According to an internal training document for Facebook content moderators obtained by Motherboard, moderators can “snooze" a Facebook Live stream, meaning it will resurface every 5 minutes for moderators to check again if anything has developed. Moderators also have the option to ignore it, essentially closing the report, or delete the stream or escalate it to a specialized team to scrutinize it for a particular type of objectionable material. In the case of terrorism, escalation would flag the stream for Facebook’s law enforcement response team, which works directly with the police. In this case, Facebook told Motherboard it had been in contact with New Zealand law enforcement since the start of the incident.

Evidently, these documents say that human moderators are also told to look for warning signs in live videos, such as “crying, begging, pleading" and the “display or sound of guns or other weapons in any context".

On Sunday, Facebook said it had removed 1.5 million videos of the attack that had been posted worldwide, including 1.2 million that were blocked before they could be uploaded. Google, meanwhile, clarified that videos of the shooting that have “news value" will remain up. This brings up a whole host of moral and legal/regulatory questions. Facebook, YouTube and others have carved out specific exceptions for news organizations, which means that the same video clip that is shut down on a poster’s account when it is used for hate speech is allowed to run in a news report by a TV channel that uses social media to extend its reach.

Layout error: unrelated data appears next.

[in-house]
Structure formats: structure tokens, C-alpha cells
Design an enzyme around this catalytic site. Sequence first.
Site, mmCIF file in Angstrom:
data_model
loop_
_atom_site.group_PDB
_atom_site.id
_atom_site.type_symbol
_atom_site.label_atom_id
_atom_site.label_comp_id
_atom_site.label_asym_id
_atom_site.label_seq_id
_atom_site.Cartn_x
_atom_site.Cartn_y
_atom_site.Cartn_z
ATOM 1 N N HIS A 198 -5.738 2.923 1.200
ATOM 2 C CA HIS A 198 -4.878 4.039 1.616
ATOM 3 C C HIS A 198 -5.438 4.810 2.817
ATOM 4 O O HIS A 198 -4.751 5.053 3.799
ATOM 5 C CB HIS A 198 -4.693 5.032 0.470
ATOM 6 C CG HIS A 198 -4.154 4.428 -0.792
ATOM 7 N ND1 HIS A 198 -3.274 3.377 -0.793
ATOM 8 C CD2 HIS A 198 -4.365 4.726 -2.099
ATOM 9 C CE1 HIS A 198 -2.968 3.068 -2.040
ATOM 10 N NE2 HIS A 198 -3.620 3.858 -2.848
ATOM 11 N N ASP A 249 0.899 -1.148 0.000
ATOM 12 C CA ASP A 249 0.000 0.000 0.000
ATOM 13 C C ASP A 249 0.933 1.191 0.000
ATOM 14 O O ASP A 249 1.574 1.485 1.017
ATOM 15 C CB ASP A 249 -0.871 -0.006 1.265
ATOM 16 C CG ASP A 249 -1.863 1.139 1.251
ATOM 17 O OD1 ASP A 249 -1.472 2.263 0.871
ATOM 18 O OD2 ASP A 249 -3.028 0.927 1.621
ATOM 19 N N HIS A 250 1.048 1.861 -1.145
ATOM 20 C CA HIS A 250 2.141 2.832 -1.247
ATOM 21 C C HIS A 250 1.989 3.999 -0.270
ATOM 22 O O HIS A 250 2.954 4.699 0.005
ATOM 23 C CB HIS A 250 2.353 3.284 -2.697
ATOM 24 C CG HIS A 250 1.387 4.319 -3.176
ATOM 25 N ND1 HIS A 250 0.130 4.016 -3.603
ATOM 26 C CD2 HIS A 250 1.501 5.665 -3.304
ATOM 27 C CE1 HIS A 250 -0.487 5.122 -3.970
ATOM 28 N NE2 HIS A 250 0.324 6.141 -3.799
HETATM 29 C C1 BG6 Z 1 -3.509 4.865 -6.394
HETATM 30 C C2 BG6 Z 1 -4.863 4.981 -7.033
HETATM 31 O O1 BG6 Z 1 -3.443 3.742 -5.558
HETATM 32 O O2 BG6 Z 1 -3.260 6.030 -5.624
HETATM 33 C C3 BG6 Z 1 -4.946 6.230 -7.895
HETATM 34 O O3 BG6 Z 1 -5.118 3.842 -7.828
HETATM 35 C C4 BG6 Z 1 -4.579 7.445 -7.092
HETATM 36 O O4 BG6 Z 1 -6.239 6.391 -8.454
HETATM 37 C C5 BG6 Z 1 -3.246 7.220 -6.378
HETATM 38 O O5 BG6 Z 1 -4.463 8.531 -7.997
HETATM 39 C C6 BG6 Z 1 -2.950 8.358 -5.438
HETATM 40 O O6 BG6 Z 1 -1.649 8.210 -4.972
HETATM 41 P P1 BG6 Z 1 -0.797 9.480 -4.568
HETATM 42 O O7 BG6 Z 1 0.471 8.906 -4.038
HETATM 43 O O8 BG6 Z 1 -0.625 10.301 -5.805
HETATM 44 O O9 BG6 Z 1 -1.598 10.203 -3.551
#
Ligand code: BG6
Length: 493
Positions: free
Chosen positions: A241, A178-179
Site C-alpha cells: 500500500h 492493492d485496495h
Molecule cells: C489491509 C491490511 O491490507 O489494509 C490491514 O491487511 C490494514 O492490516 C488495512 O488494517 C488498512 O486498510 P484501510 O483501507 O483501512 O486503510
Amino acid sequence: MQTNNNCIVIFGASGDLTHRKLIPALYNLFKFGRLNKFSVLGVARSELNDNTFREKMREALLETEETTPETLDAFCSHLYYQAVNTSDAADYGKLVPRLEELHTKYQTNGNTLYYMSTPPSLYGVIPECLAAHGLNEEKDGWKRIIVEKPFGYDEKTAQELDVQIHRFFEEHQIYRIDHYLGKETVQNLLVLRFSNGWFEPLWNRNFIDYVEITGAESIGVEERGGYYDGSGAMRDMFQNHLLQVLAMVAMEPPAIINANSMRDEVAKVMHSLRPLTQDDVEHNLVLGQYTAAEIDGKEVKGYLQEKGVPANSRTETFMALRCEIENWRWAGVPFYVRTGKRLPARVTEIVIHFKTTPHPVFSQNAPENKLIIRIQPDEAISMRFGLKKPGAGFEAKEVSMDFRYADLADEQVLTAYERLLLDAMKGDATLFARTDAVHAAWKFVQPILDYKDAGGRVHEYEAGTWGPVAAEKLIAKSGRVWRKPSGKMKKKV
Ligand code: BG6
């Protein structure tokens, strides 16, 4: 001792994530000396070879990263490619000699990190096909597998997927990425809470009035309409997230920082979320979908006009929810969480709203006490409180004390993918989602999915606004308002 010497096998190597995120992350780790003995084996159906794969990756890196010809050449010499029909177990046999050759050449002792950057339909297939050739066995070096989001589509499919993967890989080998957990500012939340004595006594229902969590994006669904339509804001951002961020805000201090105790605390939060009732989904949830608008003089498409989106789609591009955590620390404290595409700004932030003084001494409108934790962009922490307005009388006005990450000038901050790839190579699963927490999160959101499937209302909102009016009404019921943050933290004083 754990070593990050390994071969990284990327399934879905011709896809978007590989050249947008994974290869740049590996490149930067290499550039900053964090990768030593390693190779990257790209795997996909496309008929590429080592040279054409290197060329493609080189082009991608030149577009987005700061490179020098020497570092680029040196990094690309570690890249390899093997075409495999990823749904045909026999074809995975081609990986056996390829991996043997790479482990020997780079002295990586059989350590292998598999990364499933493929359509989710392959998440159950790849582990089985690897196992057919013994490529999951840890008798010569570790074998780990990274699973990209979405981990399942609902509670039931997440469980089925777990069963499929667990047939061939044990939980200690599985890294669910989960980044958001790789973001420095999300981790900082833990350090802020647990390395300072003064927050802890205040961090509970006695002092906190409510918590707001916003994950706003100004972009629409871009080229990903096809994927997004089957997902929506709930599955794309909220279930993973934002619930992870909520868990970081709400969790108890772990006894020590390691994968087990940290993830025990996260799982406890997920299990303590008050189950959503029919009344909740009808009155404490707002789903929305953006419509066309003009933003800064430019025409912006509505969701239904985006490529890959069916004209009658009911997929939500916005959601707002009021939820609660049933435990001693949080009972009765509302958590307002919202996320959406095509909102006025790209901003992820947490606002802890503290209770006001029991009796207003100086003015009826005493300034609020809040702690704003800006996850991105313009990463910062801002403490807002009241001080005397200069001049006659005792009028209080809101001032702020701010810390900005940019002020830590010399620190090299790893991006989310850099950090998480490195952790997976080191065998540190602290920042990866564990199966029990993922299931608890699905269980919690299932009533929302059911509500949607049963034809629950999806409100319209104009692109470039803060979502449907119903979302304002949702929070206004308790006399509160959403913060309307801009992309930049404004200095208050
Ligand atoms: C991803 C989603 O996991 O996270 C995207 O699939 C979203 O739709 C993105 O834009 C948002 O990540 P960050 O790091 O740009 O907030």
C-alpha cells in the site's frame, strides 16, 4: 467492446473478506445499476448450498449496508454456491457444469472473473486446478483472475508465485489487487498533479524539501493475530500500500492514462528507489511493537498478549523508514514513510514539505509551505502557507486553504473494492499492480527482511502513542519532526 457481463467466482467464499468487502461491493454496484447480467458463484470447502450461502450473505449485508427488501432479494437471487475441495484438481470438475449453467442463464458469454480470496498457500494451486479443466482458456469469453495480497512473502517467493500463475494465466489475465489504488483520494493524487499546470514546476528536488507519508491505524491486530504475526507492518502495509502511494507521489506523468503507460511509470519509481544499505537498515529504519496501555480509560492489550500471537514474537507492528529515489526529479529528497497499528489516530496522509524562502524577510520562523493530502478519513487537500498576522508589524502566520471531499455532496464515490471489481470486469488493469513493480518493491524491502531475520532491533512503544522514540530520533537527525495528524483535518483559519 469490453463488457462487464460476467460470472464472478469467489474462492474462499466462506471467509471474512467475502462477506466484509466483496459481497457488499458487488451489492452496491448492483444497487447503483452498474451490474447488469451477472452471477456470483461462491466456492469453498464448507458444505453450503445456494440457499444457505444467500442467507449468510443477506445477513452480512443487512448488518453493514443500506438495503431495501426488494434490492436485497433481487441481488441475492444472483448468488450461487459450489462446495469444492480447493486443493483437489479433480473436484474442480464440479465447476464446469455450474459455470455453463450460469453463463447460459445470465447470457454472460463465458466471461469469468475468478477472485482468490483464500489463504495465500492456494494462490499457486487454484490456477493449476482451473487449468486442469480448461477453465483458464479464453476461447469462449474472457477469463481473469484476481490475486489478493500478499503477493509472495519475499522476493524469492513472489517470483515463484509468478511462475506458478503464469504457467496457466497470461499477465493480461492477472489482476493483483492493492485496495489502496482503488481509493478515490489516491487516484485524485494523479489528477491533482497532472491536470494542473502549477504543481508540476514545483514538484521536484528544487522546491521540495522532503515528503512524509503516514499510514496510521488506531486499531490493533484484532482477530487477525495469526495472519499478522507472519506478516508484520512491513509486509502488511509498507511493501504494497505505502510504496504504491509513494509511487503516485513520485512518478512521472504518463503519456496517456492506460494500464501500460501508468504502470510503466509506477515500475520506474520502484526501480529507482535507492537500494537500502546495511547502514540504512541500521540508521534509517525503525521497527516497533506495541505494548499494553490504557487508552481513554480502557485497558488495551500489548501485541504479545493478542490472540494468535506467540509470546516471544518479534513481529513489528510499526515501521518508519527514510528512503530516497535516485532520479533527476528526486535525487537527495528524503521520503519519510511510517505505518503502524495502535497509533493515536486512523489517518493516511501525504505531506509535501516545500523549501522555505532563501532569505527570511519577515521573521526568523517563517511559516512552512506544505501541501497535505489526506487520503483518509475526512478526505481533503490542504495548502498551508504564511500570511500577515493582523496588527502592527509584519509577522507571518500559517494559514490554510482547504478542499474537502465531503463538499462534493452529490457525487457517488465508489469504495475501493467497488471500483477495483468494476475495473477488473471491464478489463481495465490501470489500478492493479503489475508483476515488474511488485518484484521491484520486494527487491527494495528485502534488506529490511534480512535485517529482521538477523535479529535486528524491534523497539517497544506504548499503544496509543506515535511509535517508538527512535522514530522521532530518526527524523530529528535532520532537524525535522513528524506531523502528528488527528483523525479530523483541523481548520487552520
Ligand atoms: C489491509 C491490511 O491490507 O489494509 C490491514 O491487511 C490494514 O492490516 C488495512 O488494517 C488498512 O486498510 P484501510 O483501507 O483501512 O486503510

Google’s YouTube has vetting tools that are broadly similar to Facebook’s, but only about 70% of its videos removed are taken down because of search algorithms. According to Google’s transparency site on YouTube videos, approximately 6.2 million videos were taken down by automated programmes out of a total 8.7 million that were deleted last quarter. A further 1.9 million were taken down by a human “Individual Trusted Flagger", and 600,000 because of user flagging. Non-governmental organizations accounted for about 29,000.

A paltry 52 of the 8.7 million take-downs were traced to government agencies. To my mind, that can only mean one of two things: (a) that the company is doing such a phenomenal job that governments have only had to request take-downs in rare cases, or (b) that governments are simply not doing enough, and are instead relying on social media platforms to resolve these issues themselves. In my opinion, it is the second.

I am at a loss to understand why governments do not get tough with these platforms. Why isn’t there punitive action? Europe has tried to float a proposal to fine platforms that allow such hateful content to remain online for more than an hour. Maybe it is time that the proposal was passed, not just in Europe but also across the world.

Siddharth Pai is founder of Siana Capital, a venture fund management company focussed on deep science and tech in India.